Review: The Fire

The Fire is a short play presented by the good people at NUTS and last week you could have caught it at Studio 1, right here on campus.

That’s right, the theatrical arts are going on around you, in the dank and dingy arts precinct on the northern side of the lower campus. This is theatre by students, presented to you at student prices and (some of it) dealing with student concerns. So it’s cheap, its local and I trust it’s a blast to be a part of, but is it any good?

Let me start by addressing the problem I see with being too critical about student art: the people that put this stuff together are amateurs, they’re working around exams and they’re working for nothing. If we judge productions like The Fire by a professional standard it won’t just appear callous, it could, god forbid, look small minded.

And with this on board, I still find it hard to recommend The Fire. There are nuggets of promise that shine through the murk, like the actors Michael Booker and Jim Gosden, who do their best to bring alive frustrating clichés and broken dialogue; there are some dream sequences too, which are well put together, but the rest of the play is downright crummy. The scenes are too short, the staging is distracting and the story is bland.

The play is set in a rural town, somewhere in Nowhere Australia, and the impending bushfire season sees some local youths concerned that their lives may soon be thrown into turmoil. This much is good and interesting about The Fire, it deals with a very Australian experience that is tumultuous and important. What I struggled with was the very heavy handed way this premise was turned into a kind of metaphysical, and at times confusing, metaphor for coming of age, which I’ve italicised because, as featured here, is textbook derivative.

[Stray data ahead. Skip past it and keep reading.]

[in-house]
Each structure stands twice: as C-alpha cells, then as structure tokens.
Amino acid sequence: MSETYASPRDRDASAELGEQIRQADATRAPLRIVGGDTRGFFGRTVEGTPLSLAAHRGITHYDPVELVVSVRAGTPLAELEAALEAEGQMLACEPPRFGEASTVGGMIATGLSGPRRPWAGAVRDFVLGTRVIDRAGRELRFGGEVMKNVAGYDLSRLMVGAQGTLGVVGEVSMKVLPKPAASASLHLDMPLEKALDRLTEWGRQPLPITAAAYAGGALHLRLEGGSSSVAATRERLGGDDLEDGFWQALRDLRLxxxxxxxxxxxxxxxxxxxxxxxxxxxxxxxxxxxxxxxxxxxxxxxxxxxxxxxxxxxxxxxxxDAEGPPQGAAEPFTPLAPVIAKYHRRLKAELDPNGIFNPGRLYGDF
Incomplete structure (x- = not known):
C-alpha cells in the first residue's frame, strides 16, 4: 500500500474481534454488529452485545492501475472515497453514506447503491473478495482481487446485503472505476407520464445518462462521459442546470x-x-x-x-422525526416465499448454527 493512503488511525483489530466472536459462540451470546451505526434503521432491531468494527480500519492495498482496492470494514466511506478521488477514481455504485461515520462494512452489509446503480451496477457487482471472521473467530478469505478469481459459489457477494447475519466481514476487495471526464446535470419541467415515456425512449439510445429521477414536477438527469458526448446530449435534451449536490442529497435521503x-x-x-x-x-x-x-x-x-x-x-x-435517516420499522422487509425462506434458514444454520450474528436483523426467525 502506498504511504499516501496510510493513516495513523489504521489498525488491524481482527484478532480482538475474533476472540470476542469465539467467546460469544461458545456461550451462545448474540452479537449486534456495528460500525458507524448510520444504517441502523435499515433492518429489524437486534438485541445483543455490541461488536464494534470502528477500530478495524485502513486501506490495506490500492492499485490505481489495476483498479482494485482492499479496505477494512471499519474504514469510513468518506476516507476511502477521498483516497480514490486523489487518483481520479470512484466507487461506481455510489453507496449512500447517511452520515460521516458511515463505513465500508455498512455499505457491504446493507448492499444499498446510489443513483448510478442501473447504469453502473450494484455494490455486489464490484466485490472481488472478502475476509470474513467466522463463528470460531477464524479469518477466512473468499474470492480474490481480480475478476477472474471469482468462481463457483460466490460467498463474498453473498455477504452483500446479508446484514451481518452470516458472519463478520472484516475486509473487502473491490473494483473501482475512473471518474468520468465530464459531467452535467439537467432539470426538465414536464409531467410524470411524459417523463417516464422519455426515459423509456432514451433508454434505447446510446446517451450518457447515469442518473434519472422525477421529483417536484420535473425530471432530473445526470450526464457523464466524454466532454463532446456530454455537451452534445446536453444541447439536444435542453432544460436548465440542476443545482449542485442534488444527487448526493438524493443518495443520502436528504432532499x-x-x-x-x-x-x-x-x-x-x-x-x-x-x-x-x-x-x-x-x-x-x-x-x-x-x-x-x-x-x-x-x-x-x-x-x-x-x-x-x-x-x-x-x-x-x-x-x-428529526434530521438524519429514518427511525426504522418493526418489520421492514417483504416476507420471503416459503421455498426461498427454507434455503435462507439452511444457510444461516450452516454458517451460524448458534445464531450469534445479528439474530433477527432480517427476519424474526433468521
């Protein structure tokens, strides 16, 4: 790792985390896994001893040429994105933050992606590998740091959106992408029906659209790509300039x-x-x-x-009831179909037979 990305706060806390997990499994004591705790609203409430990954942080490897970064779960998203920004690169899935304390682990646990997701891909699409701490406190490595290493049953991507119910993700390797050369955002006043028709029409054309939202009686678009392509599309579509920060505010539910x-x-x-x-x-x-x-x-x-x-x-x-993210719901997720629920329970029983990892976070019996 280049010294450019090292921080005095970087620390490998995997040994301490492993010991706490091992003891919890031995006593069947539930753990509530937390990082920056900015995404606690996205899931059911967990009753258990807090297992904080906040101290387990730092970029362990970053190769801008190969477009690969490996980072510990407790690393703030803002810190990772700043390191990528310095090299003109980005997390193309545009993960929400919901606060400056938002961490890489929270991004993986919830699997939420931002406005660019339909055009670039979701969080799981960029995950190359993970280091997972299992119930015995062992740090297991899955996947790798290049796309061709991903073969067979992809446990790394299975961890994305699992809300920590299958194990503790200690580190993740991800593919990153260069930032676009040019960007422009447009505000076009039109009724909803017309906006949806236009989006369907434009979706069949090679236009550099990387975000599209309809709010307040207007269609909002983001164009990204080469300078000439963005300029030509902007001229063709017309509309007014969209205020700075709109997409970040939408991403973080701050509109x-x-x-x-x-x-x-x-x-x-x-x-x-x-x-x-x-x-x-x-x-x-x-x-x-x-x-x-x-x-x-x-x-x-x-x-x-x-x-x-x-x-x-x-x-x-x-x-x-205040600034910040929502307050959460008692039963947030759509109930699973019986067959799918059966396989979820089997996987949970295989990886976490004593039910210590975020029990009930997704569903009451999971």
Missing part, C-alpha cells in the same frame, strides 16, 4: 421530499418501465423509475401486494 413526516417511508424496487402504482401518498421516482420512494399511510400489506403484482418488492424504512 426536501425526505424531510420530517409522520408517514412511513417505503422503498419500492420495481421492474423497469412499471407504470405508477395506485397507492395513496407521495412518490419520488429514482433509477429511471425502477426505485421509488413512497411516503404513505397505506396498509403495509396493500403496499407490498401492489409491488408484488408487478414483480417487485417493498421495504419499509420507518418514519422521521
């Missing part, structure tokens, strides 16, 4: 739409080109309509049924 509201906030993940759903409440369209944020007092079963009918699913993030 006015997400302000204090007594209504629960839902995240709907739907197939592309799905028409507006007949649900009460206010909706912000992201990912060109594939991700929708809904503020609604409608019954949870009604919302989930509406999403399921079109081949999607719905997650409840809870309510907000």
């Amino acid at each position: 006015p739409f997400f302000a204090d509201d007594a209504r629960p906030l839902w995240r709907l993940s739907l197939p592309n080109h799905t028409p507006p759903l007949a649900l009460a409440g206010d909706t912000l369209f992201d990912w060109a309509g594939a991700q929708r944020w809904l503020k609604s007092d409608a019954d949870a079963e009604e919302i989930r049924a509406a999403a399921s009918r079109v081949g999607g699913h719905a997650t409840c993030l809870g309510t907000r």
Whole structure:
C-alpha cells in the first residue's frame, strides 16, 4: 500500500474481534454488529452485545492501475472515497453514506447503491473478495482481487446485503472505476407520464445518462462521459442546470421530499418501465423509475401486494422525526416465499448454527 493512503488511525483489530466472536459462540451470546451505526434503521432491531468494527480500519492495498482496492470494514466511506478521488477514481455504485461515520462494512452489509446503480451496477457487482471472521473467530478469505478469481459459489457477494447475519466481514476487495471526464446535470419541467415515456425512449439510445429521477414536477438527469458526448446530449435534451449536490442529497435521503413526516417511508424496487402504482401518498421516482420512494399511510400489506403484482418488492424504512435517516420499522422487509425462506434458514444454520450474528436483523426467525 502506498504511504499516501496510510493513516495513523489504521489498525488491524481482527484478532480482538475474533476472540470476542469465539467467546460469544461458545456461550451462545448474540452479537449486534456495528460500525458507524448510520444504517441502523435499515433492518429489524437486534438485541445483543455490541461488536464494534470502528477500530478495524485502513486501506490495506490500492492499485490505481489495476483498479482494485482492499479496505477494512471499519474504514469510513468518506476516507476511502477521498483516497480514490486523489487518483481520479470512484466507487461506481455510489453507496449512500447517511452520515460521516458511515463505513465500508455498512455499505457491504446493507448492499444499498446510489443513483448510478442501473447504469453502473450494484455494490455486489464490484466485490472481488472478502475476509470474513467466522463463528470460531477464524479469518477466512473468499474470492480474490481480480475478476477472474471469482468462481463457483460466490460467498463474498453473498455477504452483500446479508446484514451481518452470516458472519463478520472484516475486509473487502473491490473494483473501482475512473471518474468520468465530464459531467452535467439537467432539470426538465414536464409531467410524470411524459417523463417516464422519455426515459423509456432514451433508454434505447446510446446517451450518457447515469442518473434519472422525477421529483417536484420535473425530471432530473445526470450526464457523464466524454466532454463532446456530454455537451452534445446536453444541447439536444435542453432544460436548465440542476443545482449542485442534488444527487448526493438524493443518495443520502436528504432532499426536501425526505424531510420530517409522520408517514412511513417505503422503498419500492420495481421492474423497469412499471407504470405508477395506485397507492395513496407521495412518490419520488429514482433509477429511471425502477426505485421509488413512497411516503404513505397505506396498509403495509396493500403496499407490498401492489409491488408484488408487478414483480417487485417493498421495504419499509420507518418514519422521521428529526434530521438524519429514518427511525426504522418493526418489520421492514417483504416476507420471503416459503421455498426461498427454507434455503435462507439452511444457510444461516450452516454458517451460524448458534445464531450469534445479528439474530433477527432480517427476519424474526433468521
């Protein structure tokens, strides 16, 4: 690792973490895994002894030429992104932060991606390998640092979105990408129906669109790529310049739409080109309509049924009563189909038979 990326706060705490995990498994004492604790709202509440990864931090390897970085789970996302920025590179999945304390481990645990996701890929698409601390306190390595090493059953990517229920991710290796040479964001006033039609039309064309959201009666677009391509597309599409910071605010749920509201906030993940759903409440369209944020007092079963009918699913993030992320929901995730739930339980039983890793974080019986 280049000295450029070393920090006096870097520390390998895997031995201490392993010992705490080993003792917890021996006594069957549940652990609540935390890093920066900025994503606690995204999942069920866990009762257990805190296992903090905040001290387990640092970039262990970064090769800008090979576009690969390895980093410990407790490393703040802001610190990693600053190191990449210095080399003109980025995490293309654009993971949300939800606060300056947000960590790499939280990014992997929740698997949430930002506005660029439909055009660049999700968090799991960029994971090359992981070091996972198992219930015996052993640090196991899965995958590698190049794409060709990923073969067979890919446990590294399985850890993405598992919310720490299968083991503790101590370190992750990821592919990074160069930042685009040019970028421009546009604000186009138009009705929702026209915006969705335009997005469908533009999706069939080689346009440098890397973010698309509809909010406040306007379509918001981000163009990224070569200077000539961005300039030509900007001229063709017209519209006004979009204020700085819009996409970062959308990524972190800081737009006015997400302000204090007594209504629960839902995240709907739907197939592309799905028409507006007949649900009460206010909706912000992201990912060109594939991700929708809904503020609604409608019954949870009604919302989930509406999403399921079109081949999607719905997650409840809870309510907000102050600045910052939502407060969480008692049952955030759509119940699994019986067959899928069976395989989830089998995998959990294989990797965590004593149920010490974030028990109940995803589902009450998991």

The Fire is more actually about a young man, Alan (Nicholas Sykes), who is frightened by the world and especially by change. He seeks solace in his friend, Mike (Michael Booker) and girlfriend Ali (Maddie Nunn), but his relationships with them are derailed by his fear of their (his relationships’) implicit end points. Death in other words, or the kind of death imposed by change. Throw into this mixed bag of banalities a schizophrenic brother, a harsh but ultimately well-meaning father and a handful of other poorly drawn characters, and there we have it, 80 minutes of light entertainment for the low, low price of just five bucks.

But the five buck admission price, and also the sense that student art shouldn’t be taken too seriously, makes me want to end this review by suggesting that these criticisms be taken lightly. This isn’t the Belvoir, it’s Studio 1, and these people should be commended for having a go, even if what they’ve produced is unremarkable. At least they didn’t spit on me, subject me to a light show or get awkwardly naked. In other words, I’ve seen worse.

Jack Jelbart

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